The Bottlenose Dolphin

By Jill Mulford

Did you know our new neighbors on the Chester River are the Bottlenose Dolphins? Not only have people reported seeing them here but also in the Miles and Severn Rivers, and even in Baltimore Harbor. Last summer, a large pod was frolicking and entertaining boaters off St. Michael’s and the same was happening on the west side in Selby Bay. Dolphins are becoming more prevalent in the Chesapeake Bay and its tributaries. They thrive in warm, salty water and visit us in the summer to enjoy our fish when our water temperature can reach the high eighties. They migrate north and if you are going to see them in our neighborhood, it will be between May and October.

 

Will you be seeing dolphins off our shores soon? No one knows for sure because no one knows how big the population actually is. Formal tracking methods are underway but right now stats rely on reports of sightings by people who call the Aquarium or the newspaper. What is known, is that the number seems to be increasing and, in fact, dolphins are now a part of the published Field and Wildlife Guides about the Chesapeake Bay. Whether they are becoming our neighbors because the Bay is healthier or because the climate warmer is not clear, but they are here and

 

we’ll have a chance to enjoy them! Everyone loves dolphins and is delighted to see one. We are lucky to have had these beautiful creatures as our neighbors while on this trip. Recently while on a glass bottom boat trip off Key Largo, someone saw a dolphin and all 35 people in the boat jumped up and cheered! The Coral Reef could wait but everyone’s excitement over the dolphins could not! Cameras flashed, text messages beeped, and fingers pointed. Even the boat captain made waves to encourage their showmanship! It was delightful.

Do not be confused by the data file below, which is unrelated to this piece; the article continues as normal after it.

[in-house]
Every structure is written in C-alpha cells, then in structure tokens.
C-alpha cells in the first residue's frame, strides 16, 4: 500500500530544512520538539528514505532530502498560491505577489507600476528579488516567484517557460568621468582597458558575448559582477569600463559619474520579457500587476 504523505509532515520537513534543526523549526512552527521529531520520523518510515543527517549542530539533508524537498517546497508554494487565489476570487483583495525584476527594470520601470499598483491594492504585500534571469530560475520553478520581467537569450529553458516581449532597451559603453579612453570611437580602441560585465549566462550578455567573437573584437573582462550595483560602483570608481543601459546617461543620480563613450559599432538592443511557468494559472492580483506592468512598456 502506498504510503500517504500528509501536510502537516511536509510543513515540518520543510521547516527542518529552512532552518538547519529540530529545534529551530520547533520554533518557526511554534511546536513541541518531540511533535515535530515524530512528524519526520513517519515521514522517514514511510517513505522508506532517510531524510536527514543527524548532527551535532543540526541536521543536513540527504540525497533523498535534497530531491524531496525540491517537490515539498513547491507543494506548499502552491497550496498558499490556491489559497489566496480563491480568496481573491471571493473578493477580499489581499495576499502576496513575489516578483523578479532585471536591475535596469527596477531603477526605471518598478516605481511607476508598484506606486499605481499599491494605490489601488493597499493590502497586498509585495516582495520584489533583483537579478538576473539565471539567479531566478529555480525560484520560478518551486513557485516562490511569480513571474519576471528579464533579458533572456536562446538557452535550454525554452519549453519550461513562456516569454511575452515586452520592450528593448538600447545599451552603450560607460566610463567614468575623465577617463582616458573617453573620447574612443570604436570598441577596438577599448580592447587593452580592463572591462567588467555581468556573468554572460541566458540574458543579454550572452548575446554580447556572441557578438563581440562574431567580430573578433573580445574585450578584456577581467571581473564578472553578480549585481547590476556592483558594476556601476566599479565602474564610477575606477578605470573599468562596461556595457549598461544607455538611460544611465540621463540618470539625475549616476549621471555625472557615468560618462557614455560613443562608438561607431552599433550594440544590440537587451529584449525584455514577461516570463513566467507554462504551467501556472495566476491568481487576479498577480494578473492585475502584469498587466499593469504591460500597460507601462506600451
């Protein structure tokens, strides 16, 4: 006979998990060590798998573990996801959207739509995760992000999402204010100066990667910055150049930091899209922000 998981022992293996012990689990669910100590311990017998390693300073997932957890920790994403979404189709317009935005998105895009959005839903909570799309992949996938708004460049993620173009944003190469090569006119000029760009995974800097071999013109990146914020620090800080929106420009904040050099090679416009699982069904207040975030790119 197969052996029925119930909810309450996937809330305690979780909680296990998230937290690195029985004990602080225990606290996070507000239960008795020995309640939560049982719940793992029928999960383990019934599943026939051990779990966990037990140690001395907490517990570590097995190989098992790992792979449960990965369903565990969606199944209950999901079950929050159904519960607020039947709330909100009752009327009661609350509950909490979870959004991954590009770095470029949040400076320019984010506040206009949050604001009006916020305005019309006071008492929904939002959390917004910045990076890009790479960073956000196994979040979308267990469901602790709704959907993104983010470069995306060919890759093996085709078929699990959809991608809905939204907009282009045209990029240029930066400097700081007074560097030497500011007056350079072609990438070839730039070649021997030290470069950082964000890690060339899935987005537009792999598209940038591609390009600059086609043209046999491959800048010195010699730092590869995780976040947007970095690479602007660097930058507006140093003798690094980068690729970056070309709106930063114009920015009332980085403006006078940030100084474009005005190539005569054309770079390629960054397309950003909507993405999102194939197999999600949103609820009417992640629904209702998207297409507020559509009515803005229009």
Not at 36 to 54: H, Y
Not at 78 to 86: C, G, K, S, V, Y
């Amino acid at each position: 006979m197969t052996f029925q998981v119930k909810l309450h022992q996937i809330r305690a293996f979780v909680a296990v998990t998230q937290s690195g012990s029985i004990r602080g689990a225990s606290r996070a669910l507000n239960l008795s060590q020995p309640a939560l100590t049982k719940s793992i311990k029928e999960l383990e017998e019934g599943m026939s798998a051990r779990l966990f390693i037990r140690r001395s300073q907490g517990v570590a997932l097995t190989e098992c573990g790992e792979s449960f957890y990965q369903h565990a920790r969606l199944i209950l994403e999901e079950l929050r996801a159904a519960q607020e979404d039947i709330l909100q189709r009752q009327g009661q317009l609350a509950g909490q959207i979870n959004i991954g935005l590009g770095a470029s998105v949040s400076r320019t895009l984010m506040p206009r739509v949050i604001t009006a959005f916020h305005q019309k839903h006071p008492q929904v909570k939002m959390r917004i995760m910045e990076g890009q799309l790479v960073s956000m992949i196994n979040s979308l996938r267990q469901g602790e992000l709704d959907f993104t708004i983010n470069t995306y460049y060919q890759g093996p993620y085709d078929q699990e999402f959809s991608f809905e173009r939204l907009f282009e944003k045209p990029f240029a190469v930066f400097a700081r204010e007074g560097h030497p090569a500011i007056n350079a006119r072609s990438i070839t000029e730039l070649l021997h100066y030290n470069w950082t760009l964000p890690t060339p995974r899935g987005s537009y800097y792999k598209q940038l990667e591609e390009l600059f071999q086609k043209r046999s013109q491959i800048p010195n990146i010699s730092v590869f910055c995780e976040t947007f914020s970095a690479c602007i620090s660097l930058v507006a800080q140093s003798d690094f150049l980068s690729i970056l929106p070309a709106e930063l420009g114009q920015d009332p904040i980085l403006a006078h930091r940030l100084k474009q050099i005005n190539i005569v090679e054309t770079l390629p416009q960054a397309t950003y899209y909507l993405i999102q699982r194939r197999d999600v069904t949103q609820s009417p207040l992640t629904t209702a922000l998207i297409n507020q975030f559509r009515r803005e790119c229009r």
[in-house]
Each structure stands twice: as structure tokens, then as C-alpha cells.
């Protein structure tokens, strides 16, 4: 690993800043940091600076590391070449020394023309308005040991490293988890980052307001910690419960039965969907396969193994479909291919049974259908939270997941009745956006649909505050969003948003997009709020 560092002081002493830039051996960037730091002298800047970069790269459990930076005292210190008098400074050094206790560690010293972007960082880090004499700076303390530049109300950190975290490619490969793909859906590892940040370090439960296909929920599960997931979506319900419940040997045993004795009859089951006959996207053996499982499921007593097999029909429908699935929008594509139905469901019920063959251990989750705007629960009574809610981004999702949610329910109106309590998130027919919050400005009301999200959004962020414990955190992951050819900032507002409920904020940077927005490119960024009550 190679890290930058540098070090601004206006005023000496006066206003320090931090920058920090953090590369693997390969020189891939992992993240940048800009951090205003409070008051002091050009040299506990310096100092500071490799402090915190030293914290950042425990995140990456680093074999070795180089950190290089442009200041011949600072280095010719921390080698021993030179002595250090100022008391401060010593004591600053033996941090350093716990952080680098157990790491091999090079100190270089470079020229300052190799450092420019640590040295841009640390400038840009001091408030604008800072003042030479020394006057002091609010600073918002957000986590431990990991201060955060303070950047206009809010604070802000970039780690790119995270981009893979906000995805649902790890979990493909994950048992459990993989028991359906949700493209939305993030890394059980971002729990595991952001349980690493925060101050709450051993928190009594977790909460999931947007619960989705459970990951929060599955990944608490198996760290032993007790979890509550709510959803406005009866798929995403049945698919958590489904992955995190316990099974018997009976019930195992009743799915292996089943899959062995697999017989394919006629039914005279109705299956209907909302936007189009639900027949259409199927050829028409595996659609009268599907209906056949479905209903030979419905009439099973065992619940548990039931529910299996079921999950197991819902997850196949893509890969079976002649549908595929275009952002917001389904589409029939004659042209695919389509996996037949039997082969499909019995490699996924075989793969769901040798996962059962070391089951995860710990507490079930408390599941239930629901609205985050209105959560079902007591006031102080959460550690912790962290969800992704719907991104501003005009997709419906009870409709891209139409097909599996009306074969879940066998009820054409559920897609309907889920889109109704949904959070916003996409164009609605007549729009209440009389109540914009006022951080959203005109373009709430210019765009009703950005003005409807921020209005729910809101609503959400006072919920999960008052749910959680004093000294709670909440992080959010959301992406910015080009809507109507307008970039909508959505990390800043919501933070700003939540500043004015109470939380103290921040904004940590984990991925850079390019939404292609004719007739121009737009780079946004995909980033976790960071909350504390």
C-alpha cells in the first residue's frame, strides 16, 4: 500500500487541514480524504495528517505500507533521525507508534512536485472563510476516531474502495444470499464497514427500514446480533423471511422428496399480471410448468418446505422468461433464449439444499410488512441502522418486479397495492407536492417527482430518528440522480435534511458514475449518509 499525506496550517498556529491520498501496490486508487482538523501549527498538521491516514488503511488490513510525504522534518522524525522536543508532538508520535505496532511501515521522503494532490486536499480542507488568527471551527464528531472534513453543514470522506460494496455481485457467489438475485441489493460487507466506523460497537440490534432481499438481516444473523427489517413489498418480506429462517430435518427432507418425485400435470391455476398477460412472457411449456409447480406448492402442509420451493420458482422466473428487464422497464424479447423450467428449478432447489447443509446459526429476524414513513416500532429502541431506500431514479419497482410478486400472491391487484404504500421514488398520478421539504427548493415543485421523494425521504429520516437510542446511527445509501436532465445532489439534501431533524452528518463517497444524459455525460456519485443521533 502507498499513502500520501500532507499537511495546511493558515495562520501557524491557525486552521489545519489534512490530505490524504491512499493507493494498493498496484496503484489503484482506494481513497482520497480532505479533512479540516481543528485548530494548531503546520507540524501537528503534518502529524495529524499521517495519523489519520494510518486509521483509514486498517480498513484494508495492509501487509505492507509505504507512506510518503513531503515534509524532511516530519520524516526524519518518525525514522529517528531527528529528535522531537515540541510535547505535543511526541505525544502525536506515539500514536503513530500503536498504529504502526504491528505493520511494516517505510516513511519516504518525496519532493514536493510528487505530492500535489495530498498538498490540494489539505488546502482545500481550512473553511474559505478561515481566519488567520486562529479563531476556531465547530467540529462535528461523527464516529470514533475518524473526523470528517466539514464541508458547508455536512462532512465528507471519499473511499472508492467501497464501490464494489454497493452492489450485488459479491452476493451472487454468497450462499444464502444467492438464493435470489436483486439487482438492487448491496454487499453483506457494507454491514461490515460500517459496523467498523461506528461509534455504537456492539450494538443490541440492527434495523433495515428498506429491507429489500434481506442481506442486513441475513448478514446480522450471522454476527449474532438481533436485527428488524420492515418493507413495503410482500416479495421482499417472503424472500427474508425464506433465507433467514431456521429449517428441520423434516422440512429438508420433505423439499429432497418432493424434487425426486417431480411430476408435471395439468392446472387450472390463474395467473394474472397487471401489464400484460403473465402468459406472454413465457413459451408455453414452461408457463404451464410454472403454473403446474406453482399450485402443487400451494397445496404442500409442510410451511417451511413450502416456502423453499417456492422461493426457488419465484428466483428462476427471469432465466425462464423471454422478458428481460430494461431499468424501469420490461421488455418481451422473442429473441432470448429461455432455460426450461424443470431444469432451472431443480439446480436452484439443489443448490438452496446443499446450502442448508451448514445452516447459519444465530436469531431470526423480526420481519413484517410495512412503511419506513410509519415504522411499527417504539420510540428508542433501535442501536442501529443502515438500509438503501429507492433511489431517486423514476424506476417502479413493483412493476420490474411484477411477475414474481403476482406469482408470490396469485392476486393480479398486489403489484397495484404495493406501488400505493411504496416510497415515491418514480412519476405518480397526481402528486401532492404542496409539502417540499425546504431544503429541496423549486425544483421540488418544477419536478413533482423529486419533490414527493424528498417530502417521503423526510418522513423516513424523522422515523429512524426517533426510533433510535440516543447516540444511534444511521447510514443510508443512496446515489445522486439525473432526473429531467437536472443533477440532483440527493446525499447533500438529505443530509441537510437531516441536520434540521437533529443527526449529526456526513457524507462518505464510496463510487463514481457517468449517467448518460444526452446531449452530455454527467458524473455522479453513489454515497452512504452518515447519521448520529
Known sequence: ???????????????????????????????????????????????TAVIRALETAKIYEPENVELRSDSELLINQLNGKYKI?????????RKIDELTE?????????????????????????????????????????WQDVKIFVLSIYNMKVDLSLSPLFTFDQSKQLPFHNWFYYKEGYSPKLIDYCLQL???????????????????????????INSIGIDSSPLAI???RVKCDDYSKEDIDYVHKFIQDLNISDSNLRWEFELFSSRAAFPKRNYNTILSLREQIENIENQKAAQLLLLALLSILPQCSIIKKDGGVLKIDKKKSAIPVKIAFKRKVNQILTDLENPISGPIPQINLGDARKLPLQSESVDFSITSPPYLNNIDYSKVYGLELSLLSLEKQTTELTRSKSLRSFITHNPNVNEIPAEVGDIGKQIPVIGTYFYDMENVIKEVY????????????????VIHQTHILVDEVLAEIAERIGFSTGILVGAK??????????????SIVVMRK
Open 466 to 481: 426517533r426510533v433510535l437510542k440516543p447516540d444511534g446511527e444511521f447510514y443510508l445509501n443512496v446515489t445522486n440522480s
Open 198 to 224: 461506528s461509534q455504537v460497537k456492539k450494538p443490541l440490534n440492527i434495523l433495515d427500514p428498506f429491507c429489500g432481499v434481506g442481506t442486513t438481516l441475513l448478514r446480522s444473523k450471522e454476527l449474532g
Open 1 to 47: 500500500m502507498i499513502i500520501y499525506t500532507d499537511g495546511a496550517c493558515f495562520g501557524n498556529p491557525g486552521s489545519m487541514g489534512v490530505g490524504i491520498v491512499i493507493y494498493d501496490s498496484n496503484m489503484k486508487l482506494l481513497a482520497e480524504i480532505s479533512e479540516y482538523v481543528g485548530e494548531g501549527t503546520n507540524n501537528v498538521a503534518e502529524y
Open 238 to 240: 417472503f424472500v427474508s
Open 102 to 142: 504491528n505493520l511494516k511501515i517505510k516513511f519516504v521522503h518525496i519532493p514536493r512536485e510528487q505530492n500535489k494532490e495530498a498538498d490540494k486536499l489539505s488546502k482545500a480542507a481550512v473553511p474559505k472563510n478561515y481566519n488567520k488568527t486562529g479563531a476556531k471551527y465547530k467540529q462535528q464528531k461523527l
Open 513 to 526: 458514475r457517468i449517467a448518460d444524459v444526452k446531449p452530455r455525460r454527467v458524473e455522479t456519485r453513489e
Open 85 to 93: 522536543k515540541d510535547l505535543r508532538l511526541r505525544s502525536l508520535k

In case you are one who will be on the lookout for these amazing beings, here are some helpful hints: Bottlenose Dolphins are large, slender, gray mammals that travel in small schools of 2 to 12 but can be in pods of 50 or more. They jump, play, surf the waves and seem to enjoy entertaining their audience. Because they are mammals, they come to the surface to breathe one or two times a minute and blow air out their blow holes. They live about 30 years, grow to 12 feet long and can weigh in at 300 pounds. As you can imagine, they have a big appetite and fisherman have learned that if they see a dolphin, they’d better reel in their lines to fish somewhere else because all the fish in that cove are gone!

 

Queen's Landing